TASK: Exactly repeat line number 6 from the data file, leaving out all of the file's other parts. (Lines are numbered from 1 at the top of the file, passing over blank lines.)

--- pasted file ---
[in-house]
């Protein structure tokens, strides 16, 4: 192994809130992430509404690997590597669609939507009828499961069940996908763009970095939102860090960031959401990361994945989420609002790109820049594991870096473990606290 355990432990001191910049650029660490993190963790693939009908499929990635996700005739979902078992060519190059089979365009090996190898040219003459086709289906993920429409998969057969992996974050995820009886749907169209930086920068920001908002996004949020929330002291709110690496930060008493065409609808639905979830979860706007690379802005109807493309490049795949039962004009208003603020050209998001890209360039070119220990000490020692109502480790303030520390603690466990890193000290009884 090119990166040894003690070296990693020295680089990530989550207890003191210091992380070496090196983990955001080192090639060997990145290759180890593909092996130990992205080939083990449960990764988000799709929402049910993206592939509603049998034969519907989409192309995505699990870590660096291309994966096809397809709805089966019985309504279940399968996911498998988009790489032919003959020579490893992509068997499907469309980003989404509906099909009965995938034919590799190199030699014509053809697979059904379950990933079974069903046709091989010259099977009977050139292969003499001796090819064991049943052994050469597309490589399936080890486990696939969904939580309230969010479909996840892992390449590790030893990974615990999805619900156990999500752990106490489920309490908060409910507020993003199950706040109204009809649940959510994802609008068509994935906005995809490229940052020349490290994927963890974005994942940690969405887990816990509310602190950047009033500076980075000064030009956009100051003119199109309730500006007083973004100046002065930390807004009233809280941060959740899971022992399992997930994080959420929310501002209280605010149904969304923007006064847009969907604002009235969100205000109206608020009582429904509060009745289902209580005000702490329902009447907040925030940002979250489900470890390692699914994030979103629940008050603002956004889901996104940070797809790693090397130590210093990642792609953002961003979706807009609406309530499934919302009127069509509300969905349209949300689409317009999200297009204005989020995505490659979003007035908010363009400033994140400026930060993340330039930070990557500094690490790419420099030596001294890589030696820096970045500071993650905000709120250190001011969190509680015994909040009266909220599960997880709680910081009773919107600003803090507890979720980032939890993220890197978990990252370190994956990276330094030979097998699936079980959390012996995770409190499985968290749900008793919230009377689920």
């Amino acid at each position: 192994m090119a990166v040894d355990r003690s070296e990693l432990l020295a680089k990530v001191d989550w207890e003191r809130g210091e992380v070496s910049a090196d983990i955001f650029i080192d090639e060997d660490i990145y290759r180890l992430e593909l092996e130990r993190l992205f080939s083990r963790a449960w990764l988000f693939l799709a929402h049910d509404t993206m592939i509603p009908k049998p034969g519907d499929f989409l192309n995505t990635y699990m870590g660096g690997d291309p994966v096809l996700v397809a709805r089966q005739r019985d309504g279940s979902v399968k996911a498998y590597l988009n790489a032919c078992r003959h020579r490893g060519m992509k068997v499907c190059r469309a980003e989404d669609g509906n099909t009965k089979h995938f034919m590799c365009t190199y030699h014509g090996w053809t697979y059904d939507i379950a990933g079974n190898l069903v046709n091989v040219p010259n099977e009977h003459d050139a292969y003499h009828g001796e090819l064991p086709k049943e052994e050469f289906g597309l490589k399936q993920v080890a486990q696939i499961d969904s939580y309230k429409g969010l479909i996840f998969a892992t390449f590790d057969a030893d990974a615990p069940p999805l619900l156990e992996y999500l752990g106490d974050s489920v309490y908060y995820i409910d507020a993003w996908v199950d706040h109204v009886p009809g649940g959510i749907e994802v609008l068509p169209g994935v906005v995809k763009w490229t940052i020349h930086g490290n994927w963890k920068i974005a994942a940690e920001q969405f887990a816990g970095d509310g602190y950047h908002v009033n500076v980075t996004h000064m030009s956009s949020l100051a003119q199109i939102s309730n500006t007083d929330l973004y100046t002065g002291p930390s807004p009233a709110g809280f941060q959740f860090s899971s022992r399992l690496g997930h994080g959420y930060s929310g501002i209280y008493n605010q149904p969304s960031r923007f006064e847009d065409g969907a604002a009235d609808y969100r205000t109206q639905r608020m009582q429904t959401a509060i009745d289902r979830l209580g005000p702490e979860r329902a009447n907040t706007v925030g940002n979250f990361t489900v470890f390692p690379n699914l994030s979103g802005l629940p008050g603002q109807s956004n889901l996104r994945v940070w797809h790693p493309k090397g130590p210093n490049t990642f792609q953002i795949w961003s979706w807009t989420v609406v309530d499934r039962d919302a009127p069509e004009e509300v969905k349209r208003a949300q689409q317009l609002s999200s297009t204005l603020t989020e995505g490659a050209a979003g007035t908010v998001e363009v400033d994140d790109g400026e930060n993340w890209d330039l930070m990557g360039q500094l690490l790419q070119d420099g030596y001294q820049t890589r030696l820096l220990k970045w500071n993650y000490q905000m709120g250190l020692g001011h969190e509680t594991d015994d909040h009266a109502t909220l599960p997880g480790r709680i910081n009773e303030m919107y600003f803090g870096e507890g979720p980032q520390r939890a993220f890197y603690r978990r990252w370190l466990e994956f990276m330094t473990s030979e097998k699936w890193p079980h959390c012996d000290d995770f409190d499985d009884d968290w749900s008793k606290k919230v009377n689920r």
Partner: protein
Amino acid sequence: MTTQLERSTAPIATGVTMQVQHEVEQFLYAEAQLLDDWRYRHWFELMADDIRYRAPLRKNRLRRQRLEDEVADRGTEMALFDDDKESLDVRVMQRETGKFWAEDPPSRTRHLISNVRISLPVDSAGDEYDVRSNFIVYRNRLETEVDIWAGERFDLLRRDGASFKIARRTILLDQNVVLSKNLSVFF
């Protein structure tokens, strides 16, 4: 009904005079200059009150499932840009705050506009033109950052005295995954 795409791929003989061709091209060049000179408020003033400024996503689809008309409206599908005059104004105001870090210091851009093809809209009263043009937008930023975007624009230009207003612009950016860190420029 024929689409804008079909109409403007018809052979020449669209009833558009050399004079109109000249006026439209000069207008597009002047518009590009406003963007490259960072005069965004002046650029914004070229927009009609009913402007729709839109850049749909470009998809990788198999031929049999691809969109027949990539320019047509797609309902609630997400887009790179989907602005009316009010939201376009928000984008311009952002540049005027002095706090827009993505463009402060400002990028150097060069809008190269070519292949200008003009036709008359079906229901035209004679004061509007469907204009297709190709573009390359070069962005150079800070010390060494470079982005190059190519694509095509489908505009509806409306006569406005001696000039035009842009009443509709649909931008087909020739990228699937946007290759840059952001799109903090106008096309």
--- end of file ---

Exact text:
């Protein structure tokens, strides 16, 4: 009904005079200059009150499932840009705050506009033109950052005295995954 795409791929003989061709091209060049000179408020003033400024996503689809008309409206599908005059104004105001870090210091851009093809809209009263043009937008930023975007624009230009207003612009950016860190420029 024929689409804008079909109409403007018809052979020449669209009833558009050399004079109109000249006026439209000069207008597009002047518009590009406003963007490259960072005069965004002046650029914004070229927009009609009913402007729709839109850049749909470009998809990788198999031929049999691809969109027949990539320019047509797609309902609630997400887009790179989907602005009316009010939201376009928000984008311009952002540049005027002095706090827009993505463009402060400002990028150097060069809008190269070519292949200008003009036709008359079906229901035209004679004061509007469907204009297709190709573009390359070069962005150079800070010390060494470079982005190059190519694509095509489908505009509806409306006569406005001696000039035009842009009443509709649909931008087909020739990228699937946007290759840059952001799109903090106008096309």